Chesapeake Bay Oysters – The First Harvest

After almost 2 years of growing, my son and I were excited to harvest our first bag of Chesapeake Bay (Eastern/Virginian) oysters. It has been several months since our last check on the float, we found the whole thing was actually submerged due to the weight of the now much heftier oysters. This was really not an issue, as the oysters were protected in a cage. When we initially placed these guys in their cage, they were called “spat” not much larger than big sunflower seeds. After 2 years of filtering the brackish waters of the bay, several of these guys were actually larger than 4 inches! This was our first growth cycle, and it has certainly been an interesting and fun experience.

April 2022

While we sat around the grill preparing a feast, we reflected on what we have learned:

  1. Raising oysters is very easy. If you have a sturdy oyster float, and access to the water, you can raise oysters. They really don’t require much. They simply need to be upsized into bigger bags and cages and they grow. This is usually done every several months. If you also want to keep them separated and growing beautifully, shake and jostle them around in the bags so that they don’t grow to one another. This will also cut down on barnacle growth. Hosing them down every once in a while, will also keep algae off and keep them in better shape for harvesting and bringing to the table.
  2. The spat is not expensive: $35 can buy you a bag of 1000 oyster spat.
  3. 1 oyster can filter 50 gallons of water in one day. This is why they are essential animals in the battle of cleaning up the Chesapeake Bay.
  4. The “R” rule doesn’t necessarily pertain to these types of oysters (triploid, sterile) . Seafood enthusiasts have always followed the “R” rule when it came to eating wild caught (diploid) oysters: “Eat wild caught oysters only during the months with the letter “R” in it.” There are two reasons for this rule.
    1. Food safety: eating raw shellfish, always carries the risk of food borne illness from bacteria such as vibriosis (caused by the bacteria vibrio vulnificus). The risk of contracting this illness is higher during the summer months when the water is warmer. The reality is that this illness can be contracted from eating raw shellfish during ANY time of the year. It is more prevalent during the warmer weather however due to more favorable conditions for the bacteria to proliferate. Properly cooking your oysters can virtually eliminate the risk of catching this infection. The CDC estimates that approximately 80,000 people get vibrio infections each year and 100 people die from it each year in the United States. I always eat my oysters cooked.
    2. Taste: Wild oysters are diploid organisms, meaning they carry a set of chromosomes from each parent. Farm raised oysters for the most part have been selected and altered to be triploid, meaning they actually carry an extra set of chromosomes. These oysters are sterile and do not reproduce. During the warm summer months is when wild oysters are active in the reproduction cycle. During this time, the oysters under go physiologic changes which alters their taste. They are more watery, bitter and just not tasty. Many of the restaurants that serve oysters year round, serve farm raised, triploid oysters. Triploid oysters grow faster because they do not go through the reproductive cycle. All o their energy is put towards getting larger. They grow to bigger sizes and they maintain their taste throughout the year.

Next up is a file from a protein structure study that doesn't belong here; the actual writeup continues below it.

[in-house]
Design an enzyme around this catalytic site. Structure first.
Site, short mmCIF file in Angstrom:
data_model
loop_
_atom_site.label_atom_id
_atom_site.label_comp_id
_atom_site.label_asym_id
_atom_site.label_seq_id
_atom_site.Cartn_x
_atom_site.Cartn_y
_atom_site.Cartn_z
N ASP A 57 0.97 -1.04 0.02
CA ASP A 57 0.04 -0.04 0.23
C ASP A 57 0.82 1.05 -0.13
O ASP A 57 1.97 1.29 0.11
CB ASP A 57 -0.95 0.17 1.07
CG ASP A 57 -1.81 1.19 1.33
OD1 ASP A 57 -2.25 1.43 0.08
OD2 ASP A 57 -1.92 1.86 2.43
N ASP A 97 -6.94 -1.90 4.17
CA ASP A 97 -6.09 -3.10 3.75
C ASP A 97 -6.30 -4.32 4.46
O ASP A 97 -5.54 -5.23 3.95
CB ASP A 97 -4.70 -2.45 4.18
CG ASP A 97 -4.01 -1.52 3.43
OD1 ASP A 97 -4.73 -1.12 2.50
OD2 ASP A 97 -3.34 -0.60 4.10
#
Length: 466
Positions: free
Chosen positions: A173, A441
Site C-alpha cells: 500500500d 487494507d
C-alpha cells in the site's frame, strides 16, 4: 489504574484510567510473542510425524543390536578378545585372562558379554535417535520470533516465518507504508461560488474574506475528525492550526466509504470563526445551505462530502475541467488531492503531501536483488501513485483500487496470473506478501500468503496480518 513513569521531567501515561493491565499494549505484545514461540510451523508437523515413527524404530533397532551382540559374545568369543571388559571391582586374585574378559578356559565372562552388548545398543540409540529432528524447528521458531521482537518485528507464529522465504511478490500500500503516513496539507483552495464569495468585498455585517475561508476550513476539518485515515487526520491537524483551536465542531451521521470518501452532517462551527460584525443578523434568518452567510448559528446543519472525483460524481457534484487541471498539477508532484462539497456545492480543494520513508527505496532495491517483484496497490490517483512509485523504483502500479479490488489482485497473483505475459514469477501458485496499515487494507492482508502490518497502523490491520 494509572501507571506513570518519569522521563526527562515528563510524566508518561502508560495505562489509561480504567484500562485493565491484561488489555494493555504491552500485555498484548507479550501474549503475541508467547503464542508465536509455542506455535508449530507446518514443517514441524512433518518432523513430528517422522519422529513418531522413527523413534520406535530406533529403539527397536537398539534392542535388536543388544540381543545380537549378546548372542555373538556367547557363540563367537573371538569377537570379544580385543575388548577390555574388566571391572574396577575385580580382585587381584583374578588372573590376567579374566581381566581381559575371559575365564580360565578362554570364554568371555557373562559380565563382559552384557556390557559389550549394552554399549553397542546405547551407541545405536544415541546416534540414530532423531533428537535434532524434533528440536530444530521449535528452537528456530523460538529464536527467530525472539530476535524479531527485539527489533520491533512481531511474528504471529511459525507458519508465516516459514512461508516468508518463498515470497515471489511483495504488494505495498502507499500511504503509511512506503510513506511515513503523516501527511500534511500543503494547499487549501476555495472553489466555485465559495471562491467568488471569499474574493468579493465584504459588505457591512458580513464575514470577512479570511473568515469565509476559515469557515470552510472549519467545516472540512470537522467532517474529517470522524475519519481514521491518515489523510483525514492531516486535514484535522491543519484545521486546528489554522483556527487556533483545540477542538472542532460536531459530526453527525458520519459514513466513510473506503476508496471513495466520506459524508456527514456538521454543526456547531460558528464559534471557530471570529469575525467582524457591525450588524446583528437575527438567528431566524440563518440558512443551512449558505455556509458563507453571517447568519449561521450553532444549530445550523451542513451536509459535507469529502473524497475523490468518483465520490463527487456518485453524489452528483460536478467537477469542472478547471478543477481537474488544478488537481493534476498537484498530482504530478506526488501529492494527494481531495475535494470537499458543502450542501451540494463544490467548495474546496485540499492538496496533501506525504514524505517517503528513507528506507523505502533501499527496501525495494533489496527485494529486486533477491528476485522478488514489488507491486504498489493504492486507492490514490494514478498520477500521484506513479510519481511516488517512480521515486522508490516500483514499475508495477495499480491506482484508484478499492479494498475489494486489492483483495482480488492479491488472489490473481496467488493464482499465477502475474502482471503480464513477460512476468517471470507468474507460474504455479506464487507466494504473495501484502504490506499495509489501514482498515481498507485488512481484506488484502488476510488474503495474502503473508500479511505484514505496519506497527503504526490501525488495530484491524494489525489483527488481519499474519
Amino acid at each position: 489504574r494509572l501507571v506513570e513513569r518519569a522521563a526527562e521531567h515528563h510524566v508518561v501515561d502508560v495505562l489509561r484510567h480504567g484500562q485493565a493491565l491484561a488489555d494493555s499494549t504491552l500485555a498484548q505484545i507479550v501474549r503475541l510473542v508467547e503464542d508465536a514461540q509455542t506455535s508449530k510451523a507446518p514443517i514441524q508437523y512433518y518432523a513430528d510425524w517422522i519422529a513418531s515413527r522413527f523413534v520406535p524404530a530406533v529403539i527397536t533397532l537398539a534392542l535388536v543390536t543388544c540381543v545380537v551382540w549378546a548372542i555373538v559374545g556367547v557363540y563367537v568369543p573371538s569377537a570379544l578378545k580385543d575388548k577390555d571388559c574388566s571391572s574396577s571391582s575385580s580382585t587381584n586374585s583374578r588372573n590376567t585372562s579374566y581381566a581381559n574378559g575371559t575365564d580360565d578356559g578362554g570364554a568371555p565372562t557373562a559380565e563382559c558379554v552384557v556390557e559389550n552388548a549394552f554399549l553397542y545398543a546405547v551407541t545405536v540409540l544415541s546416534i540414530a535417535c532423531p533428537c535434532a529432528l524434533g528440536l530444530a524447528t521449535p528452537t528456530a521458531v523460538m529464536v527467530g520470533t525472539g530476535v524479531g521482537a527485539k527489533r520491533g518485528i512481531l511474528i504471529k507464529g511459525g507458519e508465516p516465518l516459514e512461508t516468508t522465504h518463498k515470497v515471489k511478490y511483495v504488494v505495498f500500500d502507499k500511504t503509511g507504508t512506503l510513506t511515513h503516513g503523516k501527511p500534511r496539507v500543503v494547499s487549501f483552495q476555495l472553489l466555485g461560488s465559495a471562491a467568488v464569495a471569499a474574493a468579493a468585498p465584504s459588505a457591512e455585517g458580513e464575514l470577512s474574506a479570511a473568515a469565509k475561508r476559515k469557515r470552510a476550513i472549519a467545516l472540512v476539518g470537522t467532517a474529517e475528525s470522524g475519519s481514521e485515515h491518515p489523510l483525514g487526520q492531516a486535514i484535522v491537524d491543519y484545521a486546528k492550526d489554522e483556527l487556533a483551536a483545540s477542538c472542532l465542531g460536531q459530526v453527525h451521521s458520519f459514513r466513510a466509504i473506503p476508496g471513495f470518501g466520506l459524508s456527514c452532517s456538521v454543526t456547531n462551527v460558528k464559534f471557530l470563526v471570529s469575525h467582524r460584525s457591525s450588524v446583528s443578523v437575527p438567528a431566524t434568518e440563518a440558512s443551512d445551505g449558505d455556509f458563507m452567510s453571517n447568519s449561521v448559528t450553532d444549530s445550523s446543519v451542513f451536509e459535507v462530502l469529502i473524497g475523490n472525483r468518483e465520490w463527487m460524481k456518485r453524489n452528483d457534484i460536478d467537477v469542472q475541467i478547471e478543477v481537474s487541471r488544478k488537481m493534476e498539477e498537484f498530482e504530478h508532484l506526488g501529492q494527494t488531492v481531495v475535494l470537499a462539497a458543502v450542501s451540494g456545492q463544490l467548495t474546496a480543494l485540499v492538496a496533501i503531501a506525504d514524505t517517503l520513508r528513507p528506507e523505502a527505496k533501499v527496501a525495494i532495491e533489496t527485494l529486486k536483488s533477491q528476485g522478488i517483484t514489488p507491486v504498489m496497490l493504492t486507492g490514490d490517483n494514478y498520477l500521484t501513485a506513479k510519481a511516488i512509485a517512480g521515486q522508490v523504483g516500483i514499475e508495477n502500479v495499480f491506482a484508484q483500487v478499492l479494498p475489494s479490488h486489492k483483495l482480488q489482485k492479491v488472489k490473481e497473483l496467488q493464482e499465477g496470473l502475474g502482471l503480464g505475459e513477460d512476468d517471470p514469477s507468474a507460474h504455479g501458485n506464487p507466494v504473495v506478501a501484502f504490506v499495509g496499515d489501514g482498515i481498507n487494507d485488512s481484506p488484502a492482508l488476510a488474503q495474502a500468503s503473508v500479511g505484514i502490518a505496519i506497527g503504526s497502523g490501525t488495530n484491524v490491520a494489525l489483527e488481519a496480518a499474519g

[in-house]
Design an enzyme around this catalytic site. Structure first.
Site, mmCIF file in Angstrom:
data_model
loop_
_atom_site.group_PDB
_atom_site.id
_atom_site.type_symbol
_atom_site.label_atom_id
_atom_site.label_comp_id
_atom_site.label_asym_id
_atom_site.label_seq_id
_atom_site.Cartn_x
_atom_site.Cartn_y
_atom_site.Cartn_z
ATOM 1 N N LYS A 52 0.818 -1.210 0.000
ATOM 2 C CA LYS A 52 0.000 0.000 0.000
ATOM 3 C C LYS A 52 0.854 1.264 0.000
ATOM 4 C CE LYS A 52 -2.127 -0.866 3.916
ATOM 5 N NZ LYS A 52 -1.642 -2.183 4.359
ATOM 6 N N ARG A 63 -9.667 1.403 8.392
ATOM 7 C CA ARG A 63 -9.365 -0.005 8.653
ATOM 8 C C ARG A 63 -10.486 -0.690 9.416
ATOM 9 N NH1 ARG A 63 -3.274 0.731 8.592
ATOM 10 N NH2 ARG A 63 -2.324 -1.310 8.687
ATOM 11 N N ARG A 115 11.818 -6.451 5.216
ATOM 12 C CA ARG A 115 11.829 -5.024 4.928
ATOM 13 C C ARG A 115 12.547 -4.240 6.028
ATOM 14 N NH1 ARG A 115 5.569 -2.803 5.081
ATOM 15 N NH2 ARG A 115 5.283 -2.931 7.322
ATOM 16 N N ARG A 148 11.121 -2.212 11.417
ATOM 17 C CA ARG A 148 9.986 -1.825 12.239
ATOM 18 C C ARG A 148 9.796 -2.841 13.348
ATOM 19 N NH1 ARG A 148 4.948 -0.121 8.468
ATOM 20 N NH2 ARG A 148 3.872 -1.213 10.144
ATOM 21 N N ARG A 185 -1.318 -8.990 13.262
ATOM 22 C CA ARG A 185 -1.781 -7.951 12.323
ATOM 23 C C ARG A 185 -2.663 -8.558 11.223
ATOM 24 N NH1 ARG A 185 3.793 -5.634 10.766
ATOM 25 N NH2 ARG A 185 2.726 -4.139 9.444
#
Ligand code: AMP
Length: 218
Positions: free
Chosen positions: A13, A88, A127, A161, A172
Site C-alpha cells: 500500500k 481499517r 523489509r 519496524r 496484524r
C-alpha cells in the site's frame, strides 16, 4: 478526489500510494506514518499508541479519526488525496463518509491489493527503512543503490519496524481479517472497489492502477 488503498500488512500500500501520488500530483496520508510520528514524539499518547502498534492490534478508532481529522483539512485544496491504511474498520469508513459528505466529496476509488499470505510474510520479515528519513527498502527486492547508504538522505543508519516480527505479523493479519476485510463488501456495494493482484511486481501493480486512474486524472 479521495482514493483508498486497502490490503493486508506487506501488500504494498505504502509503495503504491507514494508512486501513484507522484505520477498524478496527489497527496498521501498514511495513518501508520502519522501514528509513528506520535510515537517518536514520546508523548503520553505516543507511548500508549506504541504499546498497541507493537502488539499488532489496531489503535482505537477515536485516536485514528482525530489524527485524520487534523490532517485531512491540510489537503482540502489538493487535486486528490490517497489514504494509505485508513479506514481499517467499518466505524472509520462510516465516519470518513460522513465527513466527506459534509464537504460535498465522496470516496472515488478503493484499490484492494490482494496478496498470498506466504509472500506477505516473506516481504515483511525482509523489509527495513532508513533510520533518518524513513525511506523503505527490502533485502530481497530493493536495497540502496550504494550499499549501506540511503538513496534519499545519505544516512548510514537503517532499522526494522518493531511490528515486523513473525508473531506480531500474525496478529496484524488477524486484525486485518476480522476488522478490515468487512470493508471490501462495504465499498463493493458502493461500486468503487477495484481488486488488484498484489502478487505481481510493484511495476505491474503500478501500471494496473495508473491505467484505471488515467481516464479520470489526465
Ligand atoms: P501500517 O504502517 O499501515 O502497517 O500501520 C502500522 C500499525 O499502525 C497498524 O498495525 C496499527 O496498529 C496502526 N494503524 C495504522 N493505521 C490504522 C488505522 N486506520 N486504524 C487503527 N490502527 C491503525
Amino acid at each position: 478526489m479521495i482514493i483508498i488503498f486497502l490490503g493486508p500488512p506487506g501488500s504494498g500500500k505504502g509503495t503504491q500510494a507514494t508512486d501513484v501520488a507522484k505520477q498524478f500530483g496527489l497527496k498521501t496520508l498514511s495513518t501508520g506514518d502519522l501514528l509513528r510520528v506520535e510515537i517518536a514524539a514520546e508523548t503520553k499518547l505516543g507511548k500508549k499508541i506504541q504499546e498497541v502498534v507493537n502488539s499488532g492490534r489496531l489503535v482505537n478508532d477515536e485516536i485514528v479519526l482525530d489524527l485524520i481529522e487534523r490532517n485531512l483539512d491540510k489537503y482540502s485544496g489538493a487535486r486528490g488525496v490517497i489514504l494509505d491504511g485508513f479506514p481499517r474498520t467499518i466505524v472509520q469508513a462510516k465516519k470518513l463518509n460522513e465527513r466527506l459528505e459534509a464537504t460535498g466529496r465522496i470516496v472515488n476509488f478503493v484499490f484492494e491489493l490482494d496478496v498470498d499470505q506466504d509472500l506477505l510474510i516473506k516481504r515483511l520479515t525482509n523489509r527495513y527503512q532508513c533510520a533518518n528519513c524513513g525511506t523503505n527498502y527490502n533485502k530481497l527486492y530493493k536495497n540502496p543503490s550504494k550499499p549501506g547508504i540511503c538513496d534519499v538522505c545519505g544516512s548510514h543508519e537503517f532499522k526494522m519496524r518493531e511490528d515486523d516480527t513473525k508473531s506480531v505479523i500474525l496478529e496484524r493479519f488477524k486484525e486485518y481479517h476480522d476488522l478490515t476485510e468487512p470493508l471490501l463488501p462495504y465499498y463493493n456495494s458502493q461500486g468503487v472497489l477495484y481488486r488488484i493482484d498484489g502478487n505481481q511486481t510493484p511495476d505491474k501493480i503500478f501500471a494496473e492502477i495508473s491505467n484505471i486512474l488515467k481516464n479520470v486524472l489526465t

5. Oysters are highly nutritious!
  6. Eastern Oyster (Crassostrea virginica) nutrition facts per 3.5 oz serving. (Approx 3 oysters)
  • Calories: 79.
  • Protein: 9 grams.
  • Carbs: 4 grams.
  • Fat: 3 grams.
  • Zinc: 555% of the Daily Value (DV)
  • Vitamin B12: 538% of the DV.
  • Copper: 493% of the DV.
  • Selenium: 56% of the DV.

7. Be safe when shucking oysters. Wear proper gloves when handling the cages and the oysters as their shells can be razor sharp.

Be safe and have fun.

Fishing Bay, Chesapeake Bay. Fall 2021

3 thoughts on “Chesapeake Bay Oysters – The First Harvest

  1. And thank you for your fun facts – I knew about the bacterial risks, but not about the changes in taste, or the massive nutritional benefits. Guess I should eat more oysters!!

    Like

  2. fantastic, fascinating, and informative. came across the blog years ago and try to keep up. this one particular hit home given the environmental engagement and, personally, the food safety aspect (having dealt with a nasty round of campylobacter jejuni induced food poisoning leading to an acute bout of reactive arthritis). we live in lexington va (on the chessie trail/maury river) and try to enjoy the great outdoors as often as possible as well with my wife and three sons, so further resonation of your posts ensues. tks for sharing, keep up the good work and warmest wishes from lexington, kevin et al.

    Like

Leave a Reply

Fill in your details below or click an icon to log in:

WordPress.com Logo

You are commenting using your WordPress.com account. Log Out /  Change )

Twitter picture

You are commenting using your Twitter account. Log Out /  Change )

Facebook photo

You are commenting using your Facebook account. Log Out /  Change )

Connecting to %s